Monday, November 28, 2016

Cosplay Police Part Two, Cultural Appropriation Boogaloo


If you would like to read Cosplay Police Part 1, click_here.  It is unrelated to this piece however, it has to do with the interplay of cosplay and copyright law.

The First Amendment is a Thing.
From the we saw this coming department, Halloween costumes were in the news again a while back.  In this particular instance however, what certain universities are doing may go beyond the standard knee-jerkery of regressivist reflexes of shouting like a 12 year old and holding their breath, and into actual legal mechanics which inevitably go all the way up to the Supreme Court of the United States and blah blah blah.

Enter Tufts University, which is a nice place I am sure, but they seem to have stepped into a legal grey area in terms of differentiating between University Policy and the Legal Rule of Law.  If you are unaware of what I am referring to, here is a link to the story from ABC news.   

One can take offense at literally anything.  The fact that I just wrote “One can take offense at literally anything” is offending someone right fucking now.  So it should come as no surprise that some costumes which rely heavily on the aspects of amplified or even insensitive caricaturism, can be perceived as both jingoist and racist (a lot of the time, people say “racist” when what they really mean is “jingoist”, because it has to do with a national identity and not a racial identity).  This is an indelible truth about Halloween costumes, some of them do deliberately evoke those feelings.  Is that a bad thing?  Well, it can be; why would you want to go out and deliberately belittle someone by making a mockery of them?  Oh, you didn’t know that’s what would happen?  Well maybe you’re just not woke as they say… Oh, you did know that and you’re doing it on purpose?  Then by the laws of the United States of America you are not forbidden to do that, so go for it if that’s what you wanna do, but don't expect not to get fired.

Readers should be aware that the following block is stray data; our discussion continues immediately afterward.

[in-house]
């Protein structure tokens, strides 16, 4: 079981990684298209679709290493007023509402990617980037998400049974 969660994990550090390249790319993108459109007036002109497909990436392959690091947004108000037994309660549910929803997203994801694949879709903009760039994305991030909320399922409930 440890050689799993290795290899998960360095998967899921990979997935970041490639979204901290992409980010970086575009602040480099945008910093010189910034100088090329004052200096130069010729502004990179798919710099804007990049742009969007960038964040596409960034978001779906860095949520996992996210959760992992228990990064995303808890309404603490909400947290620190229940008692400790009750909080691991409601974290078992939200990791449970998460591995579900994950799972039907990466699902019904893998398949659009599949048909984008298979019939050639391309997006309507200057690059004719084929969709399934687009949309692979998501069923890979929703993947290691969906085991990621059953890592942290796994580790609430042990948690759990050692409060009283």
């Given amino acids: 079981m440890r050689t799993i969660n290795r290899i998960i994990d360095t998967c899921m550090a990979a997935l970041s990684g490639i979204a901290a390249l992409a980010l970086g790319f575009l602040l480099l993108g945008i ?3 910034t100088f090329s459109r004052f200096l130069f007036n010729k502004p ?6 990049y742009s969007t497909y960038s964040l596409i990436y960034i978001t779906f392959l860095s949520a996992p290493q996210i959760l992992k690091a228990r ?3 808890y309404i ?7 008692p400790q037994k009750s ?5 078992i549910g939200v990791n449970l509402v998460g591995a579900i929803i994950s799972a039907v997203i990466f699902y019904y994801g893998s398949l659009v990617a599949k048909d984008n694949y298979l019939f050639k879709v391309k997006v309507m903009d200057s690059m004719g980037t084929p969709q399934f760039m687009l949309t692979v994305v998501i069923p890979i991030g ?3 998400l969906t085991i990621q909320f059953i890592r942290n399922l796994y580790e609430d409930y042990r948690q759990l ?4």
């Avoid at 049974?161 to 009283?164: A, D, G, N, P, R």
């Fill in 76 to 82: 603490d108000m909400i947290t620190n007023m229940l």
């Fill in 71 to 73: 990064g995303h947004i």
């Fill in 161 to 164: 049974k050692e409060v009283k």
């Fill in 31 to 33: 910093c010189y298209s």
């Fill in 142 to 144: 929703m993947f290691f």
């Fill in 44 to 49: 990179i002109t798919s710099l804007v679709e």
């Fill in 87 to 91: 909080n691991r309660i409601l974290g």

There are a significant number of Supreme Court cases which have shown that, in addition to spoken or written words, the ability to put on a costume, uniform, cloth marking (like an arm band to protest the Vietnam War) or face-paint, is something that has an absolute protection under the First Amendment of The United States.  They all cover what can be considered costumes, for any reason or occasion, which includes none at all.  So the legal standpoint is that you can put on whatever you want whenever you want with very few exceptions, and no, a college campus isn’t a place that can restrict that.  And yet Tufts University specifically mentioned that “offensive” costumes would be investigated by Campus Police.  You know what Campus Police are?  They are Police, fully sworn in and legally mandated members of a real police department.   Hence, they are subject to the same laws as any other police officers are.  That means Constitutional Law is something that they must adhere to (all be it unfortunately sometimes only retroactively when forced to by a judge).  So a “we don’t like what you’re wearing and you’re under arrest for it” argument is not something that will legally stand up, and conversly, there are quite a few legal legs to stand on for someone who should vest themselves in any outfit/costume what-so-ever. This puts them in the absolute zone of First Amendment protection:

Cohen v California
A case where it was decided that simply wearing an item with a slogan or symbol on it in public can not be considered Disturbing the Peace/Disorderly Conduct or incitement to violence.  So the argument that the slogan or symbol are "fighting words" or "fire in a theater" (which are not protected by the First Amendment) does not apply.

But now you’re saying “Hey, that case is just about some guy with Fuck The Draft written on a jacket during the Vietnam War back in the stone age.  The First Amendment can’t possibly extend to something so horrible like blackface or a Hitler costume!”  ...Oh, well you see it does, because:

National Socialist Party of America v. Village of Skokie